October 26, 2011

Jean-Louis Sauce, son of a bootmaker, was born in Paris in 1760 and died there in 1788. At the age of twenty-three he passed the entrance examinations to the Academy and was admitted as a student. Already in the following year he won the hotly contested “first medal”. In that year he also fell in love and subsequently

…lived for three years with a little lace-maker called Genevieve-Rosalie Poirier whom he promised to marry. Having met her on the eve of the wedding, he conducted her to his room on the fifth floor of a house in the rue de Vaugirard. After a sumptuous dinner at which the sculptor Spercius of the rue de Pot-de-fer took part, and doubtlessly excited by brandy, Sauce threw himself on the unfortunate girl, fired two piston shots at her, and pierced her with his sword in spite of her cries and her pleas for mercy. Then he threw himself out of the window and smashed his head on the pavement. The doctor counted no less than six wounds on the body of the victim; but they are not very deep and it is hoped that her life will be saved.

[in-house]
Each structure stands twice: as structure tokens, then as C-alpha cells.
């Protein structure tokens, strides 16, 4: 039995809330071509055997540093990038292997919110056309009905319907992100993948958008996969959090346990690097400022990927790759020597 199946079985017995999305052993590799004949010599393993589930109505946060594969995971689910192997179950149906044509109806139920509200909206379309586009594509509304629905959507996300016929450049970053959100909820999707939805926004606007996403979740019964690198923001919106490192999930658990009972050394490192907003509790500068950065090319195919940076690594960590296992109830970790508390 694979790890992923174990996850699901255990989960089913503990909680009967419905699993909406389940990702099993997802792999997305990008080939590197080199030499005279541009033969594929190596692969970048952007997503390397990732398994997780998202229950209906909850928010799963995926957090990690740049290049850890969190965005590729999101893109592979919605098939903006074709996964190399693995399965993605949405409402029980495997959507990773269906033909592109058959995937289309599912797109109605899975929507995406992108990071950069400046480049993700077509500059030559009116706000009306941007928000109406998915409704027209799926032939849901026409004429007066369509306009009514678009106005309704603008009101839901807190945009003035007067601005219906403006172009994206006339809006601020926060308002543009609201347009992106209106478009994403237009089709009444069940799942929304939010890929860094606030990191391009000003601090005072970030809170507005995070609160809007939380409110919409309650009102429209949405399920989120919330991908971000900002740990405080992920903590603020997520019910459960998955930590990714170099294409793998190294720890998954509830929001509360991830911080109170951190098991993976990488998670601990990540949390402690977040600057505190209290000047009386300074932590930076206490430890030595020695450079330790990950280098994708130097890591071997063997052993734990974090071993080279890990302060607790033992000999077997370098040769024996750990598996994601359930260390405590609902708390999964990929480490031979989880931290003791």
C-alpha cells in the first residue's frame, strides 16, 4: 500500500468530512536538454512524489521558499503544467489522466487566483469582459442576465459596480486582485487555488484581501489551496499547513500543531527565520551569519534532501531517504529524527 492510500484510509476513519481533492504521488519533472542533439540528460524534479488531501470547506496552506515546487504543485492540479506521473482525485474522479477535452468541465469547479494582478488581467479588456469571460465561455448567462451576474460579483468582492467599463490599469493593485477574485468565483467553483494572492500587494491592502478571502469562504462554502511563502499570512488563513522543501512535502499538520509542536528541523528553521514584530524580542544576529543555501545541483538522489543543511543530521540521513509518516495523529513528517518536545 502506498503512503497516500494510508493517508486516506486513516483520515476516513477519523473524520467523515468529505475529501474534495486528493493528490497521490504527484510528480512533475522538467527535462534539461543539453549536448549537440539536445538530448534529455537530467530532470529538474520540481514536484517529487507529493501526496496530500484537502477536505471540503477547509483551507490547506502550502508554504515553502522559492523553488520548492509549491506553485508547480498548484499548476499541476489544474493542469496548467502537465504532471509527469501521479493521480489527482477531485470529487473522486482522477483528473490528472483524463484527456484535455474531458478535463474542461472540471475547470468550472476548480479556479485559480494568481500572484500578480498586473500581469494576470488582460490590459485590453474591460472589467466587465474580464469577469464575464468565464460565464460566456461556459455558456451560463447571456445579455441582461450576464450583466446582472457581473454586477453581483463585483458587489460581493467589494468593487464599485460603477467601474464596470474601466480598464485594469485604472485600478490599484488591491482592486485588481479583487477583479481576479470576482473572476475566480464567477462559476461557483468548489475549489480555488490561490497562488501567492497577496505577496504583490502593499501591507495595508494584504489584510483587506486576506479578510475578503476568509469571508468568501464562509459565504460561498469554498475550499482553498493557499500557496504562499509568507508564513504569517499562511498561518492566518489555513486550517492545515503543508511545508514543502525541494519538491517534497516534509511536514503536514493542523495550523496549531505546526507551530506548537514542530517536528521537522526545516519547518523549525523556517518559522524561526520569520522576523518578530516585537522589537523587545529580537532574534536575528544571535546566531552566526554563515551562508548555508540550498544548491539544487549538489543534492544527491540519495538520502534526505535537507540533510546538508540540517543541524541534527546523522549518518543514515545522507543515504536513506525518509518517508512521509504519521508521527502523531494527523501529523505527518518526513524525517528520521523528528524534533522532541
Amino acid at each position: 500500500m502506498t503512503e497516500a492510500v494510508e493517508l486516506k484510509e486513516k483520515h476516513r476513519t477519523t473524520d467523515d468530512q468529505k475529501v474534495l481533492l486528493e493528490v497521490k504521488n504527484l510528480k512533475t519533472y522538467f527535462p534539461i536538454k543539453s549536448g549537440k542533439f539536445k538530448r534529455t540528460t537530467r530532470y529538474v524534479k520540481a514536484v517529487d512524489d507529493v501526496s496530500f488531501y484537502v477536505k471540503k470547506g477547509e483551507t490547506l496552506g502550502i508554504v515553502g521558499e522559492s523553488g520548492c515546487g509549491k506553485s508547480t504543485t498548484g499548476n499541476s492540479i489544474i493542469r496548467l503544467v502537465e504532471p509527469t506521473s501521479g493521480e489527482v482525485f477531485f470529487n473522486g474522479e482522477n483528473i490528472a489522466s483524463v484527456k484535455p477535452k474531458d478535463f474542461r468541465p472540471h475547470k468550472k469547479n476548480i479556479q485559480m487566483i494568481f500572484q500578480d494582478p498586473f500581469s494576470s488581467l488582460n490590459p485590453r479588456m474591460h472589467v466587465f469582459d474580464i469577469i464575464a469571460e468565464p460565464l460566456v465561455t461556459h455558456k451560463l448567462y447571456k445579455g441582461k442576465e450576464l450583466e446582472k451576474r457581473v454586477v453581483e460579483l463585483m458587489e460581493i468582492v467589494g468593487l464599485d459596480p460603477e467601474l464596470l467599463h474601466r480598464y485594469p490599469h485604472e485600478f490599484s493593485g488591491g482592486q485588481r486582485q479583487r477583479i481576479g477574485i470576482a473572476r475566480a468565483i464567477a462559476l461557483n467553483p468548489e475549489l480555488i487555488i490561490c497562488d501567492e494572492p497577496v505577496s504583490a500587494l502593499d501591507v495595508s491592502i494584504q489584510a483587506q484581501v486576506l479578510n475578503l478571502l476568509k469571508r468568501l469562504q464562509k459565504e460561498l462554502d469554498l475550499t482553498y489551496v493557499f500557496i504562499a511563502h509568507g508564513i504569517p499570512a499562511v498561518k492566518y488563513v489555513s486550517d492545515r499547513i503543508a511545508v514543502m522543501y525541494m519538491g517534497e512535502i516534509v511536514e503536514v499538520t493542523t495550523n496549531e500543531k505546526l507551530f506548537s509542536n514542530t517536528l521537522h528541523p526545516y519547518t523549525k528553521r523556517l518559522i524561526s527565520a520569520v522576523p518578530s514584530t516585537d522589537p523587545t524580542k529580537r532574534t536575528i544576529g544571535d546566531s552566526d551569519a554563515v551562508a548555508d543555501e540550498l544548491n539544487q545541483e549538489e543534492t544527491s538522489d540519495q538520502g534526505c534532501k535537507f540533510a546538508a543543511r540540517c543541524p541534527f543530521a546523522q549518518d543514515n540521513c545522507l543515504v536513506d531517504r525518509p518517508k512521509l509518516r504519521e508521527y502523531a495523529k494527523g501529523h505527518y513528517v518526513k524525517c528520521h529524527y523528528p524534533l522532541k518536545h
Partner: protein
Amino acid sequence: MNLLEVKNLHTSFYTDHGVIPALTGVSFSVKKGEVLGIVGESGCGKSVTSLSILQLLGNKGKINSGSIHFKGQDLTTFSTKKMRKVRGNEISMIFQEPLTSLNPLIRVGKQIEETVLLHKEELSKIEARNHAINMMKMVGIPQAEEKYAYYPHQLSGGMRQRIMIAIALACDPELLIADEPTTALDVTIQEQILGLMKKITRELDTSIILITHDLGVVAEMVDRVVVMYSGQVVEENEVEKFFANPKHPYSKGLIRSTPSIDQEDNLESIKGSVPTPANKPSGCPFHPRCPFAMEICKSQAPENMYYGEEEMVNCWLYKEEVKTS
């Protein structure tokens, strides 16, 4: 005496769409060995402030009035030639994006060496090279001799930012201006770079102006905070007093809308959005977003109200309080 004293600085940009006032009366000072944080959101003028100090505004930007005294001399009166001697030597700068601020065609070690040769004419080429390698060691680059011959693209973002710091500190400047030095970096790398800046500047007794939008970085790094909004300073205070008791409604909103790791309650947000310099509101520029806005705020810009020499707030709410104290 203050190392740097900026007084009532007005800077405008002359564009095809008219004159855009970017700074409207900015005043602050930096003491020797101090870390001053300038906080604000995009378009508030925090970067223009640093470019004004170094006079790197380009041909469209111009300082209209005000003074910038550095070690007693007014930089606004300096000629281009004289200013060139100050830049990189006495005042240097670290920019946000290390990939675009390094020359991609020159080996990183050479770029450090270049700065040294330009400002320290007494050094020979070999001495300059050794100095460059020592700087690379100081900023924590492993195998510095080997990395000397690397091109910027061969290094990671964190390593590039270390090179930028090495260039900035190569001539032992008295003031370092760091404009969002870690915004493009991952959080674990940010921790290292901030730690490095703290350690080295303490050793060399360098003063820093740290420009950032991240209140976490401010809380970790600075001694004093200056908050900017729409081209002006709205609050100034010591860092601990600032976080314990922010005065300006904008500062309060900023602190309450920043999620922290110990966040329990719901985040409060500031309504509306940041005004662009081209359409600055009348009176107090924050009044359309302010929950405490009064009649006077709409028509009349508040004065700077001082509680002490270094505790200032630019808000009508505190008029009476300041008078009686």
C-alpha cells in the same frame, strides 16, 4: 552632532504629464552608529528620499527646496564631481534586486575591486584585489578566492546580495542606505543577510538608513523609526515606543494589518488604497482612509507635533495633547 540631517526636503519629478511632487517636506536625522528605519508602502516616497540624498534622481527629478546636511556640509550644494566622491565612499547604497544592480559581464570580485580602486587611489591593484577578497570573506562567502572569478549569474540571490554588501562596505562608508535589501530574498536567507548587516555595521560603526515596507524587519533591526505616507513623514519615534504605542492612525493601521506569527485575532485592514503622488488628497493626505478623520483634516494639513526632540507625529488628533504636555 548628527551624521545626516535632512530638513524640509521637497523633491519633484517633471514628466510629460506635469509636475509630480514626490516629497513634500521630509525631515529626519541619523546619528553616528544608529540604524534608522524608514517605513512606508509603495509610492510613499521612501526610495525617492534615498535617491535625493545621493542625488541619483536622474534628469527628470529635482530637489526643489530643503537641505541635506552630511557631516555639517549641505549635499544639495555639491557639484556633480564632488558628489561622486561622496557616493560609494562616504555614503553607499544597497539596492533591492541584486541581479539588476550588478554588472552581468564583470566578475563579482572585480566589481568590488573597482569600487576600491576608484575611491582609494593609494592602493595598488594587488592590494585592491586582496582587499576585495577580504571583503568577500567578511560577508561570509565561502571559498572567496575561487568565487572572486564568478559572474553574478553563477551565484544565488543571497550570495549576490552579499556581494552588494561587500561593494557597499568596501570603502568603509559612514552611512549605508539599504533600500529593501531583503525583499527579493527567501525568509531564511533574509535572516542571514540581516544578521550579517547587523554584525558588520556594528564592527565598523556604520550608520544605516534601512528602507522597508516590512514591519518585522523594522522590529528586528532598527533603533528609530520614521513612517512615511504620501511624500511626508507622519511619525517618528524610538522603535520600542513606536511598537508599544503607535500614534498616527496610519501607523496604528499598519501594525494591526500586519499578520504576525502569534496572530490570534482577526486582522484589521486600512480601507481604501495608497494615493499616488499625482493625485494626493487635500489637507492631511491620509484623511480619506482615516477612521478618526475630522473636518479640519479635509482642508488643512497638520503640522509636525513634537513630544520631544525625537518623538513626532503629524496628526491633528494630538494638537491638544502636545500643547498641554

The landlord refuses to take care of the body of the suicide.

Nothing is known of Sauce’s work except that five pen and bistre drawings were sold at auction in 1814 for eight francs; at least two of them are still extant.


— Margot and Rudolf Wittkower, Born Under Saturn